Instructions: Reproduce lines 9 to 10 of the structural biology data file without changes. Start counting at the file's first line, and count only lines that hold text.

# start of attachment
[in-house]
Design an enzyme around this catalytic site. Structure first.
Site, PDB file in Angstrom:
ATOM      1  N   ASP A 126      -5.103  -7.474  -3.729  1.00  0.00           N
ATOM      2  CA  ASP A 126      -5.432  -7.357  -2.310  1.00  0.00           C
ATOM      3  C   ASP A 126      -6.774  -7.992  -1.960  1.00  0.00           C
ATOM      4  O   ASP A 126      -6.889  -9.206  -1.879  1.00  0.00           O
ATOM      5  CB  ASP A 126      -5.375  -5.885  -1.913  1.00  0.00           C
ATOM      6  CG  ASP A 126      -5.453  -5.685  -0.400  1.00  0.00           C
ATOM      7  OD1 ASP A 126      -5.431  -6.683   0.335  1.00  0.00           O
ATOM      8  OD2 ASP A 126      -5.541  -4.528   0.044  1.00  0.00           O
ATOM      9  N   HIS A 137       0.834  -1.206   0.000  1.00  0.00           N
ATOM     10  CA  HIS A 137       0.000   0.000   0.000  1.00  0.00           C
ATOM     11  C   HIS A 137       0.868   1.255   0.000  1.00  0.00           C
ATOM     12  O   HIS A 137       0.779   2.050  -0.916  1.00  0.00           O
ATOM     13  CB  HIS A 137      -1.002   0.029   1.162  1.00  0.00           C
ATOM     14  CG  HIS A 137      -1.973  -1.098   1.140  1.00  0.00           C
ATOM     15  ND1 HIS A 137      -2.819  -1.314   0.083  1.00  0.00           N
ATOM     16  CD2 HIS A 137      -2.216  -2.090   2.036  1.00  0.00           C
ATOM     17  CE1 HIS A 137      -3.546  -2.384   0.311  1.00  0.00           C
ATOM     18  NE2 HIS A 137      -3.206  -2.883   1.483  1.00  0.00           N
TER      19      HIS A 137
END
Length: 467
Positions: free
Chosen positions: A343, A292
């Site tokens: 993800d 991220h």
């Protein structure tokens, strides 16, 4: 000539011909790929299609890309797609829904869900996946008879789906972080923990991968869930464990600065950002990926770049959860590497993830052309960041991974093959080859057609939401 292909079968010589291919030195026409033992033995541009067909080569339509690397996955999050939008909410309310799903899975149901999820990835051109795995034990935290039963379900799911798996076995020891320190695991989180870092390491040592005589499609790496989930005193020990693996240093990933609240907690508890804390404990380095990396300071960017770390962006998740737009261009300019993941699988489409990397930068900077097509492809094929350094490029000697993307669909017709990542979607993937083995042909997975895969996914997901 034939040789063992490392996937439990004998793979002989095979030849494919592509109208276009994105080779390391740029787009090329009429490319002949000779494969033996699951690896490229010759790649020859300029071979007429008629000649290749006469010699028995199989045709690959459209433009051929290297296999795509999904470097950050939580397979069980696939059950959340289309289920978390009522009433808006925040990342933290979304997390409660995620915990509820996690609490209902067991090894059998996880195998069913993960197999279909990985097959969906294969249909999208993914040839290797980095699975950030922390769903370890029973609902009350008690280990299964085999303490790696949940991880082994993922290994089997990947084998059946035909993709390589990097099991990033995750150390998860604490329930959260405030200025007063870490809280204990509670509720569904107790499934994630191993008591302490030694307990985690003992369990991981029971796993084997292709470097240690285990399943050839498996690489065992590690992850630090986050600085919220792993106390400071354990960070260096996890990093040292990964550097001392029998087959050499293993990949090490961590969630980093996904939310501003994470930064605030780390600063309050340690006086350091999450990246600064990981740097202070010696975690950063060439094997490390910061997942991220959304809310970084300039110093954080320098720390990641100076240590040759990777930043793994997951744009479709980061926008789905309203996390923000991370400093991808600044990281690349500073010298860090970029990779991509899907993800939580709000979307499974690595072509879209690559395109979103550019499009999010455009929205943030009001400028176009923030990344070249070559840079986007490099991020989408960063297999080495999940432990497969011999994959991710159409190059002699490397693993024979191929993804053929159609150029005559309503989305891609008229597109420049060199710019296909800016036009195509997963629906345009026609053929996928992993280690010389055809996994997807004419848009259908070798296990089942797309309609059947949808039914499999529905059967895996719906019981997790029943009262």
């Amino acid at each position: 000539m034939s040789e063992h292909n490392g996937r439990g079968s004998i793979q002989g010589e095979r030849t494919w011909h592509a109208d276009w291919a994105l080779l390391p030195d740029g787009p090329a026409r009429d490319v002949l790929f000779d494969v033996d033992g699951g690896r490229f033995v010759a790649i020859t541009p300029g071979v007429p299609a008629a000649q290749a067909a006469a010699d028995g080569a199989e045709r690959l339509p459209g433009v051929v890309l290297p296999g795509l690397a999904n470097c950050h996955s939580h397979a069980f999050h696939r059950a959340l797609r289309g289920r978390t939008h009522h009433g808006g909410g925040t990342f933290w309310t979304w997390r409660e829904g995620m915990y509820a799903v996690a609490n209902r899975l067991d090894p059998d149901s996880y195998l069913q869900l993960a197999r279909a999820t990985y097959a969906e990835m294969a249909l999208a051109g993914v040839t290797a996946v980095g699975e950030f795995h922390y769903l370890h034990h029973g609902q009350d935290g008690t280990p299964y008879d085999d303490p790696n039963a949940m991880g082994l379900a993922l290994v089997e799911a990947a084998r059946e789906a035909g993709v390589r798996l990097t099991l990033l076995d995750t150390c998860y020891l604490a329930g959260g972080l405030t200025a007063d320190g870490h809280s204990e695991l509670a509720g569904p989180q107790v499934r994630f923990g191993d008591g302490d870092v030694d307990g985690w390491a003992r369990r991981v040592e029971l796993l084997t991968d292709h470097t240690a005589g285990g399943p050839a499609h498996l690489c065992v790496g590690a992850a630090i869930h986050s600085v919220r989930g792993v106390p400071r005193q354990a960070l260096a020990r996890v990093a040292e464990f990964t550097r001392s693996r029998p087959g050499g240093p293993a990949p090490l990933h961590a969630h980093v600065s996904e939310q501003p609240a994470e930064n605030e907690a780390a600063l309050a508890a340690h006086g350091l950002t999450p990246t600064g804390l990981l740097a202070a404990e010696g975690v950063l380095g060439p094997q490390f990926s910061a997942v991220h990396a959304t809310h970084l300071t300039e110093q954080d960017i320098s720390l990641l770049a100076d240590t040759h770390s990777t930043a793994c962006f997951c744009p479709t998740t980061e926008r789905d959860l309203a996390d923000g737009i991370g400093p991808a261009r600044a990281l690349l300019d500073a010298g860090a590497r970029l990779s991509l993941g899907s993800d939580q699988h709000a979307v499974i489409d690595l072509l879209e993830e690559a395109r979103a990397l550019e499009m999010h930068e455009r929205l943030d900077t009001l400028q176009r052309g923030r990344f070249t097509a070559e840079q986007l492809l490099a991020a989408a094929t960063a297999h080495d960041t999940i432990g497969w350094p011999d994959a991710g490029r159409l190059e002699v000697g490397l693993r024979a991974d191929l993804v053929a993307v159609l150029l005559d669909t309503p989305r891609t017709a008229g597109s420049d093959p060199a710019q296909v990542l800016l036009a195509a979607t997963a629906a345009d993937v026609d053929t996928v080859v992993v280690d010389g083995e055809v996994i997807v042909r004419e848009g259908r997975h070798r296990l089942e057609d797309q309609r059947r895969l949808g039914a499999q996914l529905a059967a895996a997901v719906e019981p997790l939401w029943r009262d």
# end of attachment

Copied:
ATOM      6  CG  ASP A 126      -5.453  -5.685  -0.400  1.00  0.00           C
ATOM      7  OD1 ASP A 126      -5.431  -6.683   0.335  1.00  0.00           O